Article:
Trash Talk

From the top of Mount Milam to the depths of the Pit with the people who take out St. Louis' garbage

The Dodge Ram has a hitch in the front so that at the end of the workday, around 3 p.m., Clair can hook up to the International and tow himself back to HQ. It is a one-man job, and Clair, 58, has been doing it for 23 years. All told, he has close to 40 years' experience in trash pickup. At one time, when trash burning was legal, he worked the "stump truck," climbing a ladder and dumping ashes into the hopper all day. He has been a helper, and he has had helpers. But helpers, or "swingers" -- those who, under the old system, did the real work of running through the neighborhoods, tossing trash at breakneck pace, trying to keep up with the truck -- are all but obsolete. Lee Davis, 28, Superior Service's North Site supervisor, says the company has gone to one-man routes: "Helpers are saving the driver a few steps per stop, but really that system amounts to two people on a payroll doing one man's work."

Superior Services hit the local waste-disposal industry like Dom DeLuise doing a cannonball off a high-dive. Waste Management may have operations in all 50 states, but Superior, a subsidiary of Vivendi (a major European environmental-services provider), is fast catching up. Countrywide, they provide solid-waste collection and disposal in 14 states and counting. In their local scope of operations, which takes in a large portion of St. Louis County, St. Charles County and the Metro East, they have 112 routes; 125 pieces of equipment, mostly trucks; two dispatch stations; one landfill, Oak Ridge, on the Meramec River in Valley Park; and 200 employees, mainly drivers. Since Superior's arrival in fall 1996, they have acquired seven separate local waste/sanitation operations, including the employees, equipment and routes.

One of the buyouts was E&H Hauling, Art Clair's longtime employer. To Superior's credit, they did not alter his status -- "All my seniority rolled over to the new company," says Clair -- or change his route. He still comes in around 6:30 a.m., checks the route sheet to see whether there are any new stops, any cancellations. At 6:45, he heads for the staging area, towing the little pickup behind the International. In the Dodge Ram, he has his transistor radio set on Majic 104.9 FM, his Winstons on the dash and his ham sandwich on the seat, and that's all he needs.

City refuse commissioner Nick Yung oversees a fiefdom of 165 employees, 120 refuse trucks, 20,000 roll-out carts and 30,000 trash containers.
Jennifer Silverberg
City refuse commissioner Nick Yung oversees a fiefdom of 165 employees, 120 refuse trucks, 20,000 roll-out carts and 30,000 trash containers.

Perhaps it's the novelty of having a passenger, but Clair is talking a blue streak as he wheels the pickup down the placid streets of upper Ladue. "There's a lot more to remember out here on a trash route with back-door services than there is on a curb route," he offers. "Some of these stops have combination locks on the doors -- you've got to keep all those numbers straight." There are other problems as well: "Best to look in them cans before you stick your arm in -- might be a possum or a raccoon in it, and you don't want to grab one of them."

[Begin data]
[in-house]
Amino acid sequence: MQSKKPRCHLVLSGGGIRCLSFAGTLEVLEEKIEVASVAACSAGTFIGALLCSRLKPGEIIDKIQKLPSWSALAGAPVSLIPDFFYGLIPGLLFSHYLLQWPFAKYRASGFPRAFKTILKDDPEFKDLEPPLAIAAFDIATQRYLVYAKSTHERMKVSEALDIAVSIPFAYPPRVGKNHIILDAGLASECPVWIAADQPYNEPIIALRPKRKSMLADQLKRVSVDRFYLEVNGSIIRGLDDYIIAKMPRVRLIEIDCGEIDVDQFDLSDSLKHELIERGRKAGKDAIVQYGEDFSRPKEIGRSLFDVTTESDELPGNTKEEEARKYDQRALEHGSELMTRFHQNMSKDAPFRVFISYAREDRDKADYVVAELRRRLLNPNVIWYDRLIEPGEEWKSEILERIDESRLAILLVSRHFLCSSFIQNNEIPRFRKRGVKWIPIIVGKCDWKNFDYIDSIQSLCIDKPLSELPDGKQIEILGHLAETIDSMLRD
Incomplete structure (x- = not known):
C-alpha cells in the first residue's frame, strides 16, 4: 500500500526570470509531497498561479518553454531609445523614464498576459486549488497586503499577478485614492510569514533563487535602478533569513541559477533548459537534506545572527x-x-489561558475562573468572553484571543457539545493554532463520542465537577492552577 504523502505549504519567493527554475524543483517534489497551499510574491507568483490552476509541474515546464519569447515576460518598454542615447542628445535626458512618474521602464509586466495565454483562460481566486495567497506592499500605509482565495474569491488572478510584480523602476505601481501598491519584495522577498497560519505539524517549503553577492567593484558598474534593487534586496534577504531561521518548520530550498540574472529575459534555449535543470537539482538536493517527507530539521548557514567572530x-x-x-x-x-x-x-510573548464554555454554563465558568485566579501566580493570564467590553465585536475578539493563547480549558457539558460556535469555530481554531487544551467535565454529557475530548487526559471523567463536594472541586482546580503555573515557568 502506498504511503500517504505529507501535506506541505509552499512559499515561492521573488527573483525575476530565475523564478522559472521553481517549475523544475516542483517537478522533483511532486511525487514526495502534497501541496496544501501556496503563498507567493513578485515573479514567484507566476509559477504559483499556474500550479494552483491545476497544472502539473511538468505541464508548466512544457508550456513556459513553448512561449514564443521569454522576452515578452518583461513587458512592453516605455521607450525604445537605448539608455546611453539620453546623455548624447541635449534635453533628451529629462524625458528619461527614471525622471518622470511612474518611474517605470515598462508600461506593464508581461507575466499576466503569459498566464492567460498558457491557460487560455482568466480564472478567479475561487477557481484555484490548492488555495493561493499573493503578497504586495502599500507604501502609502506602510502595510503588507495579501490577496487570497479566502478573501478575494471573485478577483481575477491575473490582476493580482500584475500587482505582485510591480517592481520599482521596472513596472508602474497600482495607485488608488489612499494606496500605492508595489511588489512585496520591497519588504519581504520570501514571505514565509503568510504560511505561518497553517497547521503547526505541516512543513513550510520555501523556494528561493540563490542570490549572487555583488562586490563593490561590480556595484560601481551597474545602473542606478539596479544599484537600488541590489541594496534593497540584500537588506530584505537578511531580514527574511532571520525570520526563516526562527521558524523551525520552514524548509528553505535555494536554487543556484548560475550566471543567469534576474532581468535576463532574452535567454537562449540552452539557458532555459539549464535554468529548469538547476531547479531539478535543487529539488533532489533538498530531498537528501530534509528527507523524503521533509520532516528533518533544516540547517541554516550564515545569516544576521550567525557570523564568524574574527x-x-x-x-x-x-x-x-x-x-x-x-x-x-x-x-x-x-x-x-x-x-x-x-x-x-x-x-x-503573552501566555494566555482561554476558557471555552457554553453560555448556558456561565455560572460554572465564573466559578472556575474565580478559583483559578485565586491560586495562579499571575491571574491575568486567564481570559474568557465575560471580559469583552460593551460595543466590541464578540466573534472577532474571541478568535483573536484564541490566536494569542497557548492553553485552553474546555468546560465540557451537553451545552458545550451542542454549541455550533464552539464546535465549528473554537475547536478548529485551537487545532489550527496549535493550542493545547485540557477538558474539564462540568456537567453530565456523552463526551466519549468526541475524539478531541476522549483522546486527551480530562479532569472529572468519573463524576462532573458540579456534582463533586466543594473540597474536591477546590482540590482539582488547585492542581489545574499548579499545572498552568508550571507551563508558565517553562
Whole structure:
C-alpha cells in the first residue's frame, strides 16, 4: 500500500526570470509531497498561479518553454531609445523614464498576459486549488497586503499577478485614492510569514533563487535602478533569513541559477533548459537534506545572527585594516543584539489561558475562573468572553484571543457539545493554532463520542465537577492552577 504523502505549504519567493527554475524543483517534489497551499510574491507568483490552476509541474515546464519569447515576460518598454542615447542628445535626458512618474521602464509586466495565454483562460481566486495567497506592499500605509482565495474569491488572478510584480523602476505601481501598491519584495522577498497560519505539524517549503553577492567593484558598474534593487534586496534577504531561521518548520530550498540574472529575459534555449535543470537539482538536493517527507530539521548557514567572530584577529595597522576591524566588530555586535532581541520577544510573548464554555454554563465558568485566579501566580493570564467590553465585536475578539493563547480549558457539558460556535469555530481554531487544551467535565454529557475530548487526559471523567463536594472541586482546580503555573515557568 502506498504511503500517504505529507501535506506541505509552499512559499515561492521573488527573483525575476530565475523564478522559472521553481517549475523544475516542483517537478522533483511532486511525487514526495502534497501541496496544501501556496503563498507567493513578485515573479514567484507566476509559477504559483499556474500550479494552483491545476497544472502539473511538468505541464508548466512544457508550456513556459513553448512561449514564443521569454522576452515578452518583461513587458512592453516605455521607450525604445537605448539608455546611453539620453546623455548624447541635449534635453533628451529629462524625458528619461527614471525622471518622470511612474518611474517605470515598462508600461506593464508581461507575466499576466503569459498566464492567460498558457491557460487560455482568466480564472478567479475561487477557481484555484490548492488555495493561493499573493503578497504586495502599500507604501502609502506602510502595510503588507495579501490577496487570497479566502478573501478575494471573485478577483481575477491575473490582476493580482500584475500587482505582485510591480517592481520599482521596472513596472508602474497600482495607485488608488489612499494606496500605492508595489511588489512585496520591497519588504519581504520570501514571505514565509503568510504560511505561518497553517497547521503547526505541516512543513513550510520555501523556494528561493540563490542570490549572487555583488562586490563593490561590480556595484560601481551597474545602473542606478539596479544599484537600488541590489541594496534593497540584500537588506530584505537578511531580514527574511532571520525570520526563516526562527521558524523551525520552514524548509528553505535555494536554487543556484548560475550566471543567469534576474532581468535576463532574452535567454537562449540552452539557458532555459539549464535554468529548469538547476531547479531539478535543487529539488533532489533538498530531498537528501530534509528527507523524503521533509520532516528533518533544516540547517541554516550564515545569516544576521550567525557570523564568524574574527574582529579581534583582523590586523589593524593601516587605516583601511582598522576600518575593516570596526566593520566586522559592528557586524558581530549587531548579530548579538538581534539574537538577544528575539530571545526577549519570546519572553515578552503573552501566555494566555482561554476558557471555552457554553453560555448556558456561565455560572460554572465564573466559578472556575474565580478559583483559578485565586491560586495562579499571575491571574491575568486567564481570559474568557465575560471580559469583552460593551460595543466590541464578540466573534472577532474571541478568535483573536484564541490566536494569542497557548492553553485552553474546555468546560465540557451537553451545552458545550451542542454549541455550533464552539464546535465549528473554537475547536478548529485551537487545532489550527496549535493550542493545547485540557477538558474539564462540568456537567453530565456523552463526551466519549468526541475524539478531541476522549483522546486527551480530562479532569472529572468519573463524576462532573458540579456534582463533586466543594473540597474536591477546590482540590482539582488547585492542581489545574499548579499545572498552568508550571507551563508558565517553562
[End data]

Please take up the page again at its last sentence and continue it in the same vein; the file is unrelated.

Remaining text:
Whatever the hassles, Clair appreciates his current clientele: "These customers know me by name," he says, "and they appreciate the work I do. A few them keeps a cooler with sody in it for me, and a few years back, when I was in the hospital for surgery, some of them sent plants to the hospital.

"There's good days and bad days," Clair admits. "The best time is Christmas, because of the tips."

It's a safe bet that Bill Little in the city doesn't get any tips at Christmas. But Ladue is, well, Ladue, and a bit different. For instance, Ladue doesn't contract with one refuse hauler like other municipalities. Instead, residents choose from three authorized haulers. This translates to spotty service for each of the haulers. A driver rarely stops at every home on a street but instead hopscotches -- picking up trash at three in a row, skipping two, doing two more, skipping one and so on. That's why Clair checks the route sheet each day: Folks get irked at one hauler, they cancel and go to another. Some skinflints even decide to save a few bucks a month by exporting their trash to the city, where they surreptitiously chuck it into one of the Dumpsters.

Close to 3 o' clock, Clair drives down Conway Road with the day's final haul: Back to the mother truck parked beside the flower bed at the country-club entrance, back to the dispatch station in Earth City. But first he will head to the landfill to deliver the day's trash. If he went to Superior's own landfill in Valley Park, the company would save $9 a ton on trash disposal, but logistically it doesn't work that way. So Clair will go to the Bridgeton Landfill, in the 13000 block of St. Charles Rock Road, which is proximate to the Earth City office. Chalk up another day.

As Clair heads home to his wife and dinner in Spanish Lake, all thoughts of the route are left behind. All he needs to know is that the trash will be waiting for him when he returns tomorrow.

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